Last Friday evening I had the opportunity to sit in a packed theater and watch the film Avatar for the first time. I was blown away by the amazing effects and swept into the story line by the many cultural connections with our world today. Like so many other films have done in past, Avatar grappled in its undertones with real issues such as environmental concerns, native relations, and military movements with stunning pictures of wildlife and language uses such as words like “Shock and Awe” and subtitles for native speech.
I must admit though that this is not what toke my heart away during the course of the film. What really got to me was the central storyline with the character of Jake and his questions behind identity as a paralyzed marine. Sitting in my own wheelchair I began struggling with the same uncertainties he was facing in the light of a new world.
Who is my Avatar? What would it be like to have a new body? Or as Col. Miles Quaritch said to Jake; to have my real legs back? Who is the real me?
Being a gen X’er, the word avatar always seemed to me to be an image you put on your facebook page or blog address to which people identify you as. It surprised me to realize after looking it up in a dictionary that the word avatar actually means “the embodiment of something: somebody who embodies, personifies, or is the manifestation of an idea or concept.”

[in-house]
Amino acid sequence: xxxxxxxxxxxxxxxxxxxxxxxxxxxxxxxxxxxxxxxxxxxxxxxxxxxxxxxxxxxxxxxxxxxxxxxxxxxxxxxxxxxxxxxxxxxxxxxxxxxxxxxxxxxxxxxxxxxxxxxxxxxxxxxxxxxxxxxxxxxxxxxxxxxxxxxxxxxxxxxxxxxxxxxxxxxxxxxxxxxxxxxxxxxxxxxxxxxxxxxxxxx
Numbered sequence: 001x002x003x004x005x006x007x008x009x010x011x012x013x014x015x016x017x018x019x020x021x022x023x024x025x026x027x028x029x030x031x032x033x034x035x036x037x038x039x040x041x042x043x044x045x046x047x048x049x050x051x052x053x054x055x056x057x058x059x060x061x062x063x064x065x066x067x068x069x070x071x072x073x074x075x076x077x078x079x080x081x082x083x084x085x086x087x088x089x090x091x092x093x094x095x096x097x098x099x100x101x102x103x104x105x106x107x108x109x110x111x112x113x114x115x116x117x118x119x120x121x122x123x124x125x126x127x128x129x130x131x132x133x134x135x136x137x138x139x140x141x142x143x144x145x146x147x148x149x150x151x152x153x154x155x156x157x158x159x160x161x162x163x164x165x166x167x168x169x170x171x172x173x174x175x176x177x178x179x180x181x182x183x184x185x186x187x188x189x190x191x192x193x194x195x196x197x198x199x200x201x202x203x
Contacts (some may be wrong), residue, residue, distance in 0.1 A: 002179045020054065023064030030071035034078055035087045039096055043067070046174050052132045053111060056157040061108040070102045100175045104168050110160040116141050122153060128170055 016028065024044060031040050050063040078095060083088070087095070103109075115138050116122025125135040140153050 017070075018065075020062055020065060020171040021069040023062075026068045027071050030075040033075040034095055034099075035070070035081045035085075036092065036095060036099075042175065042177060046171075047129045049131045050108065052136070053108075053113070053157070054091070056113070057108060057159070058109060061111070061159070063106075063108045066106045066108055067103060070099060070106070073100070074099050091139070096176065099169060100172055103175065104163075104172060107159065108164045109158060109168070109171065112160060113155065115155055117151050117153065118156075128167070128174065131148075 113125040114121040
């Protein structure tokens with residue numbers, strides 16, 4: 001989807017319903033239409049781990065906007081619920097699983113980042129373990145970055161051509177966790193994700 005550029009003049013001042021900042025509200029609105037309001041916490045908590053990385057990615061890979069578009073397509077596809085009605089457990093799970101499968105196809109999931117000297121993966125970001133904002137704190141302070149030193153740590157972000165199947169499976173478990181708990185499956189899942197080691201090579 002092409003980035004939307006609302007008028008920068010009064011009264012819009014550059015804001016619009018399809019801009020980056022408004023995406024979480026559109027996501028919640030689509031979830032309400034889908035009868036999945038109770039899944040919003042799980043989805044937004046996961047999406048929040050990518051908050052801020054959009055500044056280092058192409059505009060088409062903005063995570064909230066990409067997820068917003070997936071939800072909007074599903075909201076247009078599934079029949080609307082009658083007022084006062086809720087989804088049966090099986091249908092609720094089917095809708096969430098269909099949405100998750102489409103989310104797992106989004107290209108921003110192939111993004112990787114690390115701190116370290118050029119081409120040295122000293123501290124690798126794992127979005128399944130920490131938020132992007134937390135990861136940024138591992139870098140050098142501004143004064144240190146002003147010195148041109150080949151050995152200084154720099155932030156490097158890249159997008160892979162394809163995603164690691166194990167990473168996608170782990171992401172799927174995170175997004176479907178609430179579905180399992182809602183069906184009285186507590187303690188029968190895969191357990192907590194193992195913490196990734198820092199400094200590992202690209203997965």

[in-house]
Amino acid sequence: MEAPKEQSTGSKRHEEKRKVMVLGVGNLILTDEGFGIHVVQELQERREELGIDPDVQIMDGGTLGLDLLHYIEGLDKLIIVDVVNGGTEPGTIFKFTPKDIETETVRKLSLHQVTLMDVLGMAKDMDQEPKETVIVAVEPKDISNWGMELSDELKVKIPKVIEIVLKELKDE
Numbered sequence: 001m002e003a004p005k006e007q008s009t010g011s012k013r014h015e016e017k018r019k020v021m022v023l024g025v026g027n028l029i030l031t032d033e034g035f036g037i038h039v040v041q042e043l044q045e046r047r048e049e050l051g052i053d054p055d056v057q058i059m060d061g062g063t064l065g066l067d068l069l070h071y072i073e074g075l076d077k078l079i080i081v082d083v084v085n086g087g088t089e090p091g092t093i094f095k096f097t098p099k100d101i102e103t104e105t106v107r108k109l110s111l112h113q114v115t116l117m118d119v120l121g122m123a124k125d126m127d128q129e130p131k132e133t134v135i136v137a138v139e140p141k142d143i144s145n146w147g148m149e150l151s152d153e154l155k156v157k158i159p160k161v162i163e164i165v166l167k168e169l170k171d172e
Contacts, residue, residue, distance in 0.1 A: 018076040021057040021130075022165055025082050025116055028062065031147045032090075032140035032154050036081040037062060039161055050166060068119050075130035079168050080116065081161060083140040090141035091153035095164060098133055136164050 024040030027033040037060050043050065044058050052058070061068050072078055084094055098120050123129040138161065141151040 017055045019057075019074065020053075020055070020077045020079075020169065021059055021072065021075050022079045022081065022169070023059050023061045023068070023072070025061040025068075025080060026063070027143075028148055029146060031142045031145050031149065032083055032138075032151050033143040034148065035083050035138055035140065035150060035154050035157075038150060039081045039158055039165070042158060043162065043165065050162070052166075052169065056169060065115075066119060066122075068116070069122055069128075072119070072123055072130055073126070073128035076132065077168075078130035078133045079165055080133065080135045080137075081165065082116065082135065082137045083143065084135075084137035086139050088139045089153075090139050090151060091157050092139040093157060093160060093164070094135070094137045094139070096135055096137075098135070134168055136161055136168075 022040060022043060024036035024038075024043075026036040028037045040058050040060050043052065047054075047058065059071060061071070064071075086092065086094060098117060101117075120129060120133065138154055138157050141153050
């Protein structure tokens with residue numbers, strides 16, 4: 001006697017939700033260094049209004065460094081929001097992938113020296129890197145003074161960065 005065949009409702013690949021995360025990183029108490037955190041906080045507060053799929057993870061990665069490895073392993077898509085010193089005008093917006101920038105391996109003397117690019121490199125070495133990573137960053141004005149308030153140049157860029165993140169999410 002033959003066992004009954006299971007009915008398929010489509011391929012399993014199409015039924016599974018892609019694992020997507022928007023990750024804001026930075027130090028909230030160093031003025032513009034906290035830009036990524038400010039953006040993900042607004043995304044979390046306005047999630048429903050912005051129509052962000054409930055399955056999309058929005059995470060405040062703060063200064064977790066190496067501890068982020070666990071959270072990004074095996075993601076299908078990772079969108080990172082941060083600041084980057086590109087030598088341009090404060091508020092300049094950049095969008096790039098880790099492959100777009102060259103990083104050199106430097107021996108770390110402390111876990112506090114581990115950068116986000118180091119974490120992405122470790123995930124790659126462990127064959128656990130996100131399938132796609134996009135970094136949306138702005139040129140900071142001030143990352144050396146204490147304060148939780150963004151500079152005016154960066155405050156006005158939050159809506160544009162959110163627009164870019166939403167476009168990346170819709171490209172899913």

In that sense really think about it for a moment and ask yourself; Am I the same person at work that I am at home? Are you the same person on Sunday at church? How about when you are standing with the other parents outside the school while waiting to pick up your kids? How many Avatars do you have? Which one is the real one?
There is this moment in the film when Jake and his new found friend Neytiri are arguing over the fact that she does not see him as being authentic. In a sense she is saying, “I do not know who or what you are!” It is during this moment that the spirits of Ey’wa, the Na’vi’s understanding of God, descend around Jake and it becomes a sign to Neytiri that even if she cannot see the real Jake, Ey’wa could see him.